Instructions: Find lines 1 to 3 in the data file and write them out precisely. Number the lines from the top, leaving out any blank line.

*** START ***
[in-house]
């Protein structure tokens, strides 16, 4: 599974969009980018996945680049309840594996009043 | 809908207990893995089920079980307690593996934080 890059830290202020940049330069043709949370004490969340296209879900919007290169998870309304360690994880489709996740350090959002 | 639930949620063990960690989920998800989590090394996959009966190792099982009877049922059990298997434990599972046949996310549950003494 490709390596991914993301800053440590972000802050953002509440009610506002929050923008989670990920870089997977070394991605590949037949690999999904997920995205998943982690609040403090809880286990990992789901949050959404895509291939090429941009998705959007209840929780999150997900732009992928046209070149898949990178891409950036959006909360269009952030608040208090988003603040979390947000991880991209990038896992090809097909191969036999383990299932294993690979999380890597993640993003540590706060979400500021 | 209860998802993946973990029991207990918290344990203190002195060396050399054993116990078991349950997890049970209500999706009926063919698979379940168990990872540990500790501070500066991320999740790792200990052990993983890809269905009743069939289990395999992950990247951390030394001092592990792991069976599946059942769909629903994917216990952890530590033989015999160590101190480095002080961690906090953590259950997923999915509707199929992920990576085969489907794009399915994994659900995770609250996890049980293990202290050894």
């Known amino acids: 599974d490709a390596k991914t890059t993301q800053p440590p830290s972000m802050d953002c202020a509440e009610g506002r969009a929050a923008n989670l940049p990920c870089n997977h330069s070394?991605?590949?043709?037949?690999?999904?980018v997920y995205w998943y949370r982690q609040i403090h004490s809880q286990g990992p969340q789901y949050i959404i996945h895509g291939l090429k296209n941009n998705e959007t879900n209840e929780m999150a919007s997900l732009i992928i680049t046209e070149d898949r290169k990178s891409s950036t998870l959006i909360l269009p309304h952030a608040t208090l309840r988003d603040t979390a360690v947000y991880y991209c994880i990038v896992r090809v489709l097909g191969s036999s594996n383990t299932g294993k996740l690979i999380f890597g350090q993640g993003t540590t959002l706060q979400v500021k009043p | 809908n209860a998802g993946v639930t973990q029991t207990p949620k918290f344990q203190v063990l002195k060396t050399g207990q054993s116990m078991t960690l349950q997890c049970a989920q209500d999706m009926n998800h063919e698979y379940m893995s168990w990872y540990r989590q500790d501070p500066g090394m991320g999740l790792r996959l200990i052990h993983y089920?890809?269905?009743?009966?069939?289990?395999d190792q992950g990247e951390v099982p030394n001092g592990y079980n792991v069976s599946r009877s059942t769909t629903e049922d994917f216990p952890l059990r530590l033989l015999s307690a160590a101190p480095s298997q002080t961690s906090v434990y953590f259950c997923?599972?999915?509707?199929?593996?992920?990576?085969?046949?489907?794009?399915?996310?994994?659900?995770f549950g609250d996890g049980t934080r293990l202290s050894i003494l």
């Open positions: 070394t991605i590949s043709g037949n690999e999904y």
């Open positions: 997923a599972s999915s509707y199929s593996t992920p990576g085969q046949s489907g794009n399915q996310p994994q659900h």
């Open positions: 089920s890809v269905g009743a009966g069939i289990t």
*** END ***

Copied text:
[in-house]
């Protein structure tokens, strides 16, 4: 599974969009980018996945680049309840594996009043 | 809908207990893995089920079980307690593996934080 890059830290202020940049330069043709949370004490969340296209879900919007290169998870309304360690994880489709996740350090959002 | 639930949620063990960690989920998800989590090394996959009966190792099982009877049922059990298997434990599972046949996310549950003494 490709390596991914993301800053440590972000802050953002509440009610506002929050923008989670990920870089997977070394991605590949037949690999999904997920995205998943982690609040403090809880286990990992789901949050959404895509291939090429941009998705959007209840929780999150997900732009992928046209070149898949990178891409950036959006909360269009952030608040208090988003603040979390947000991880991209990038896992090809097909191969036999383990299932294993690979999380890597993640993003540590706060979400500021 | 209860998802993946973990029991207990918290344990203190002195060396050399054993116990078991349950997890049970209500999706009926063919698979379940168990990872540990500790501070500066991320999740790792200990052990993983890809269905009743069939289990395999992950990247951390030394001092592990792991069976599946059942769909629903994917216990952890530590033989015999160590101190480095002080961690906090953590259950997923999915509707199929992920990576085969489907794009399915994994659900995770609250996890049980293990202290050894």
């Known amino acids: 599974d490709a390596k991914t890059t993301q800053p440590p830290s972000m802050d953002c202020a509440e009610g506002r969009a929050a923008n989670l940049p990920c870089n997977h330069s070394?991605?590949?043709?037949?690999?999904?980018v997920y995205w998943y949370r982690q609040i403090h004490s809880q286990g990992p969340q789901y949050i959404i996945h895509g291939l090429k296209n941009n998705e959007t879900n209840e929780m999150a919007s997900l732009i992928i680049t046209e070149d898949r290169k990178s891409s950036t998870l959006i909360l269009p309304h952030a608040t208090l309840r988003d603040t979390a360690v947000y991880y991209c994880i990038v896992r090809v489709l097909g191969s036999s594996n383990t299932g294993k996740l690979i999380f890597g350090q993640g993003t540590t959002l706060q979400v500021k009043p | 809908n209860a998802g993946v639930t973990q029991t207990p949620k918290f344990q203190v063990l002195k060396t050399g207990q054993s116990m078991t960690l349950q997890c049970a989920q209500d999706m009926n998800h063919e698979y379940m893995s168990w990872y540990r989590q500790d501070p500066g090394m991320g999740l790792r996959l200990i052990h993983y089920?890809?269905?009743?009966?069939?289990?395999d190792q992950g990247e951390v099982p030394n001092g592990y079980n792991v069976s599946r009877s059942t769909t629903e049922d994917f216990p952890l059990r530590l033989l015999s307690a160590a101190p480095s298997q002080t961690s906090v434990y953590f259950c997923?599972?999915?509707?199929?593996?992920?990576?085969?046949?489907?794009?399915?996310?994994?659900?995770f549950g609250d996890g049980t934080r293990l202290s050894i003494l």